Blockchain Wallet – All That You Need To Know

By | February 9, 2018
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With its market projected to surpass the $2.3 billion mark by 2021, blockchain technology is well and truly emerging as one of the faces of global digital transformation. Apart from finding widespread adoption across several industries (the financial sector, understandably, is the biggest user), Satoshi Nakamoto’s distributed ledger platform is increasingly being used as a secure, user-friendly tool to store popular cryptocurrencies, like ether and bitcoin. From a relatively lowly ~3 million users in early-2015, the total number of blockchain wallet users has surged close to the 23 million mark at the time of writing this. In today’s discussion, we will take you through some of the key features and use methods of blockchain wallet:

  1. What exactly is the Wallet?

    Secure storage of cryptocurrencies can be a challenge – and this is precisely where the Blockchain Wallet proves its worth. It has been designed by the Luxembourg-based company Blockchain, in the form of a seamless digital platform that offers optimized storage services for bitcoin and ether. The Wallet UI is accessible on both mobile and web platforms – and it comes with top-of-the-grade security and reliability features. The intuitive interface of Blockchain Wallet also makes it easy for users to perform cryptocurrency transactions quickly, and without any hassles.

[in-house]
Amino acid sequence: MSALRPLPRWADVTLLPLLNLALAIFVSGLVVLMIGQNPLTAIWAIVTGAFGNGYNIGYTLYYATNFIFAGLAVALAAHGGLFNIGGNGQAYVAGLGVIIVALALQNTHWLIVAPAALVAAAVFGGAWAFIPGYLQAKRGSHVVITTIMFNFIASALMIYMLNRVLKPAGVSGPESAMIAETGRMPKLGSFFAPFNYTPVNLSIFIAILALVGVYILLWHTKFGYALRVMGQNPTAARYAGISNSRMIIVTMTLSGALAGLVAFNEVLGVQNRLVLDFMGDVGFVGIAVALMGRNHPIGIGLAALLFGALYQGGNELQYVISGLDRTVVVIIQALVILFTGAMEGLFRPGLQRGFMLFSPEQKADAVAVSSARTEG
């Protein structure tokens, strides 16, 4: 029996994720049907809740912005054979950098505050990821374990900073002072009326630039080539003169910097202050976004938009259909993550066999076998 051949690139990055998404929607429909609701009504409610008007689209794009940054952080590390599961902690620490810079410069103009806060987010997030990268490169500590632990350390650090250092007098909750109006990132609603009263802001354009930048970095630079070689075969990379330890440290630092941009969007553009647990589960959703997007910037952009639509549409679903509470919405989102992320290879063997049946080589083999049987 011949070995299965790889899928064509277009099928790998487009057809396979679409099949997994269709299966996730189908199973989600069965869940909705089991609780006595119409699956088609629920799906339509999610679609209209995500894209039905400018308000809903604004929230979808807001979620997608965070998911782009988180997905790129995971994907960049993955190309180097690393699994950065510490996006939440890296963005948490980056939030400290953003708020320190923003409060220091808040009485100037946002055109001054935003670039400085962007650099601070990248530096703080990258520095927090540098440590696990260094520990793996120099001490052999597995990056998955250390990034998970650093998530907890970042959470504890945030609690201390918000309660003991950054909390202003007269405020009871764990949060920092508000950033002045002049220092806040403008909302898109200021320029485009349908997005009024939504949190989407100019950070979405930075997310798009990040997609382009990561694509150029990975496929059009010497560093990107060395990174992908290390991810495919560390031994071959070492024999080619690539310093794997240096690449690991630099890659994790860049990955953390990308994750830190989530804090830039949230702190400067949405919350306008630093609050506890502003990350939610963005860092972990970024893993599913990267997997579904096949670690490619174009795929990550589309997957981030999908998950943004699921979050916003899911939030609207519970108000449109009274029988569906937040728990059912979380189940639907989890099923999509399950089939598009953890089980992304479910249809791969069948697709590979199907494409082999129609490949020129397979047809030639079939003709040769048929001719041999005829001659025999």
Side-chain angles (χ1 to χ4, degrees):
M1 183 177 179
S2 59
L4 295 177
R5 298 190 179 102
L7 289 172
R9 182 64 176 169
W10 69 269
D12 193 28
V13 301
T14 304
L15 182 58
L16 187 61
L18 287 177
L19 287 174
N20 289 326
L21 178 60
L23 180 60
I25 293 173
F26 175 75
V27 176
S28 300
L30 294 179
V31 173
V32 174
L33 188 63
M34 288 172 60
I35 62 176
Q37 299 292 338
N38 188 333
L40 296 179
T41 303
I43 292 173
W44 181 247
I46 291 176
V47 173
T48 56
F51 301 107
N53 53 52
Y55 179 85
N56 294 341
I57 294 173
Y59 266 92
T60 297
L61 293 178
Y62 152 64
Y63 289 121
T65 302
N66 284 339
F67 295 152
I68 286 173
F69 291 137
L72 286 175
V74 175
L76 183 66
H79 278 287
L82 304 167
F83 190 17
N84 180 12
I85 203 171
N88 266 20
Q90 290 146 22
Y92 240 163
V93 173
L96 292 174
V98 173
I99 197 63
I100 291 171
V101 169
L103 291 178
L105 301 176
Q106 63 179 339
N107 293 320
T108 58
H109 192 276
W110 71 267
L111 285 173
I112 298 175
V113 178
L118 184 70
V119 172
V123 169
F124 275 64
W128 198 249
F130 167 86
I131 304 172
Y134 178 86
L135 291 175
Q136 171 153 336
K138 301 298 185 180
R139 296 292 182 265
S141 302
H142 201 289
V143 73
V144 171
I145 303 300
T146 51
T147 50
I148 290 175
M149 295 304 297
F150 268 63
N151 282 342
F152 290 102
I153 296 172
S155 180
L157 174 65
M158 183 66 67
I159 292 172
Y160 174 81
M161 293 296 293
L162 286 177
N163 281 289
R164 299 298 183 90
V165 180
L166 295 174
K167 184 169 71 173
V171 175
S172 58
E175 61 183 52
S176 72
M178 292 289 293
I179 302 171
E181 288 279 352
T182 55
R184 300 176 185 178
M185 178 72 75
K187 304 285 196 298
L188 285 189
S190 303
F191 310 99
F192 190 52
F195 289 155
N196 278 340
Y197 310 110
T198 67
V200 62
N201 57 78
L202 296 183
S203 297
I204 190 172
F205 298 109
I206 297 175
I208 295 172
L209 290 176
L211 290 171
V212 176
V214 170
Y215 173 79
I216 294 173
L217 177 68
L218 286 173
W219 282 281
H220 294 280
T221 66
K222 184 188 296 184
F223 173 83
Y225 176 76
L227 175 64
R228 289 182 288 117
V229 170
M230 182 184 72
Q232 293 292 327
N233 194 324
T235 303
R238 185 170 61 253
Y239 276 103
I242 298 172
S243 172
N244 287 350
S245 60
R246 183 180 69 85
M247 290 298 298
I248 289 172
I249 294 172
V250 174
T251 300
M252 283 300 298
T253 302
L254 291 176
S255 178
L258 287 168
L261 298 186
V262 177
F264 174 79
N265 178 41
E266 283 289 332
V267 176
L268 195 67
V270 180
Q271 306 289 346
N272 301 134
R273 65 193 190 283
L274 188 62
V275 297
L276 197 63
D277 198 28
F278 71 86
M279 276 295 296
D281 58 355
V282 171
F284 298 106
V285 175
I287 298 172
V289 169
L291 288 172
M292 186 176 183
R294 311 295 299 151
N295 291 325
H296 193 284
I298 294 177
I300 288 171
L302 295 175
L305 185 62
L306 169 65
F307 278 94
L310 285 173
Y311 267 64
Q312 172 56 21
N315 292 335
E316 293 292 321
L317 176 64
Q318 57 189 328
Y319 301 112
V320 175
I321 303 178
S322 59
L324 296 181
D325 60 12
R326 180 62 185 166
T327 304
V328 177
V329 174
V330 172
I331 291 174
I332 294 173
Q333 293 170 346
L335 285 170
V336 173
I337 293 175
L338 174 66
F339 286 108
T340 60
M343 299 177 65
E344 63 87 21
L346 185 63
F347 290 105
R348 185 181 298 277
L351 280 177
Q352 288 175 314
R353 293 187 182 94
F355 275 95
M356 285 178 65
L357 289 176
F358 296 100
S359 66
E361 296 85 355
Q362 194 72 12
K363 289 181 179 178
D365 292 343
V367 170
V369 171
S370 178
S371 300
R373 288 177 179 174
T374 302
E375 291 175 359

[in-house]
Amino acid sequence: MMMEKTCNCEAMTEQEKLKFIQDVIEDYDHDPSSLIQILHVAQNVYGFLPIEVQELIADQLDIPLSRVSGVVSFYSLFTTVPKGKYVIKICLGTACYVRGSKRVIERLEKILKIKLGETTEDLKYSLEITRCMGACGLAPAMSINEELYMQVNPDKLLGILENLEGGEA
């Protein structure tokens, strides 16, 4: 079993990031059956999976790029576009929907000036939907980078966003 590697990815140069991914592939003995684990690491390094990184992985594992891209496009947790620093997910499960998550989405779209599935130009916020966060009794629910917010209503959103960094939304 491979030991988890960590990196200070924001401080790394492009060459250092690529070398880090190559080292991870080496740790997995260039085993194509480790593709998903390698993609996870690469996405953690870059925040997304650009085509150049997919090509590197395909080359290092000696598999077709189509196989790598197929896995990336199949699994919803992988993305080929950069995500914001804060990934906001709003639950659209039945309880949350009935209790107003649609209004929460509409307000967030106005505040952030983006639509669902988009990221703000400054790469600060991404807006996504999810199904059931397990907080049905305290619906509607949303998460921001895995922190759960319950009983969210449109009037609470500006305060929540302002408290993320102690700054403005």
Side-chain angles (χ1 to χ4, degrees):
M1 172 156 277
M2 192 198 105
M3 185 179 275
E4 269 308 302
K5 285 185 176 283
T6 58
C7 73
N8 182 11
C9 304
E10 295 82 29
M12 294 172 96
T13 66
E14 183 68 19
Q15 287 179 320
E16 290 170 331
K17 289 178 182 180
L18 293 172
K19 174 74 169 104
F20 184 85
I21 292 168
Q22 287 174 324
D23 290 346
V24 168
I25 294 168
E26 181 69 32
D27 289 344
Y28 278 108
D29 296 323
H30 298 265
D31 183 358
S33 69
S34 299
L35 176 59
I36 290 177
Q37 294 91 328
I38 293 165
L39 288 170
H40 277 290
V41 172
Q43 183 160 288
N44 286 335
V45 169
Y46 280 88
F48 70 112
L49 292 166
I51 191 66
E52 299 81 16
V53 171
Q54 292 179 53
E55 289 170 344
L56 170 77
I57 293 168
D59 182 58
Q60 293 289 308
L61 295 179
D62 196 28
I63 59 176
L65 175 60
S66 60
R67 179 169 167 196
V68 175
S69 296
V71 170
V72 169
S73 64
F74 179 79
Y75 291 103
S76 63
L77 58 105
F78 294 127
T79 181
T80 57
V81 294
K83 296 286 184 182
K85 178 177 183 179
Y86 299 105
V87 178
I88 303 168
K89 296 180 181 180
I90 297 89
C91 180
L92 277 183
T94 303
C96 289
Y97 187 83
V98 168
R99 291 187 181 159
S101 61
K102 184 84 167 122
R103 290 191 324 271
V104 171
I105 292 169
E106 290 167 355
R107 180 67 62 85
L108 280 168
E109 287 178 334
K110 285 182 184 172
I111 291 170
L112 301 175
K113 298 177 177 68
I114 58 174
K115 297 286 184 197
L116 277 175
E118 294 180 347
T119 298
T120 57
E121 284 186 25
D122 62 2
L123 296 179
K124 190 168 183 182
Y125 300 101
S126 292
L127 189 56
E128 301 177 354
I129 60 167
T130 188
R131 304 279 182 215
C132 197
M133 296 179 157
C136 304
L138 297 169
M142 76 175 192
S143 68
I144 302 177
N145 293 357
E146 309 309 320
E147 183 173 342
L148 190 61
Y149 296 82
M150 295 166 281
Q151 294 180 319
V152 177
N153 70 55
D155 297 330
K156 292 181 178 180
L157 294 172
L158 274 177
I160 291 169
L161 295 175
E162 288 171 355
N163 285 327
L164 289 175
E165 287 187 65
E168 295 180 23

Note: The mobile version of Blockchain Wallet is available on both iOS and Android.

  1. Getting onboard

    Starting to use a free Blockchain Wallet account is literally a matter of minutes. All that a person has to do is visit the official website (blockchain.info), select the option for a free wallet, and provide his/her unique username and password. A session starts with a user entering his/her Wallet ID (which is the username, containing a random string of letters and numbers) and password. Once (s)he has logged in, the ‘Request’ tab has to be clicked/tapped for selecting ether or bitcoin as the preferred cryptocurrency. Once that is done, the user is all set to store his/her balances, or start transacting with fellow-users.

Note: On Blockchain Wallet, cryptocurrencies are sent/received using ‘addresses’ – which are NOT the same as Wallet IDs. No transaction can take place using the latter.

  1. Security levels in Blockchain Wallet